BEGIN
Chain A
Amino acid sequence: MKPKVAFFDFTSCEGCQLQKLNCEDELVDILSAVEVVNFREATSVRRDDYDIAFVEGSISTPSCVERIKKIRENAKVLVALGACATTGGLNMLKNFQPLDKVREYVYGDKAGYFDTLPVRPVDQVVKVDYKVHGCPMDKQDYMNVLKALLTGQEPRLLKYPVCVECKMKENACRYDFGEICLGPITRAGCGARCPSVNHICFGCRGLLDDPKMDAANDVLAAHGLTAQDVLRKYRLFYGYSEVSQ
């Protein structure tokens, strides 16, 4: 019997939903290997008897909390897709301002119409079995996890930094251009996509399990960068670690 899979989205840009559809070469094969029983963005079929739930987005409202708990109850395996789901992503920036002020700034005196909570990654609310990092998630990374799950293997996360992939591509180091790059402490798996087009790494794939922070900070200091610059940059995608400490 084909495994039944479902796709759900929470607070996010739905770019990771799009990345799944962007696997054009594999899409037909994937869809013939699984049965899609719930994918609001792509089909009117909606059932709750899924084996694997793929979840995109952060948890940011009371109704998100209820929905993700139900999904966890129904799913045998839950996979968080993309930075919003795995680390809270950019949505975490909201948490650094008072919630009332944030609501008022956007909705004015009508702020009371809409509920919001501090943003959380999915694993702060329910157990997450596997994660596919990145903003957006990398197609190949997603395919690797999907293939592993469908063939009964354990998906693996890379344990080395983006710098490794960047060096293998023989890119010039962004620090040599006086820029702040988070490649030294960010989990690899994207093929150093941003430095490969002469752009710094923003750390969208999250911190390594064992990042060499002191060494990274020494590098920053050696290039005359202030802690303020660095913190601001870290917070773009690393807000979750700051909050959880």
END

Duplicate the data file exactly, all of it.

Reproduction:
Chain A
Amino acid sequence: MKPKVAFFDFTSCEGCQLQKLNCEDELVDILSAVEVVNFREATSVRRDDYDIAFVEGSISTPSCVERIKKIRENAKVLVALGACATTGGLNMLKNFQPLDKVREYVYGDKAGYFDTLPVRPVDQVVKVDYKVHGCPMDKQDYMNVLKALLTGQEPRLLKYPVCVECKMKENACRYDFGEICLGPITRAGCGARCPSVNHICFGCRGLLDDPKMDAANDVLAAHGLTAQDVLRKYRLFYGYSEVSQ
């Protein structure tokens, strides 16, 4: 019997939903290997008897909390897709301002119409079995996890930094251009996509399990960068670690 899979989205840009559809070469094969029983963005079929739930987005409202708990109850395996789901992503920036002020700034005196909570990654609310990092998630990374799950293997996360992939591509180091790059402490798996087009790494794939922070900070200091610059940059995608400490 084909495994039944479902796709759900929470607070996010739905770019990771799009990345799944962007696997054009594999899409037909994937869809013939699984049965899609719930994918609001792509089909009117909606059932709750899924084996694997793929979840995109952060948890940011009371109704998100209820929905993700139900999904966890129904799913045998839950996979968080993309930075919003795995680390809270950019949505975490909201948490650094008072919630009332944030609501008022956007909705004015009508702020009371809409509920919001501090943003959380999915694993702060329910157990997450596997994660596919990145903003957006990398197609190949997603395919690797999907293939592993469908063939009964354990998906693996890379344990080395983006710098490794960047060096293998023989890119010039962004620090040599006086820029702040988070490649030294960010989990690899994207093929150093941003430095490969002469752009710094923003750390969208999250911190390594064992990042060499002191060494990274020494590098920053050696290039005359202030802690303020660095913190601001870290917070773009690393807000979750700051909050959880």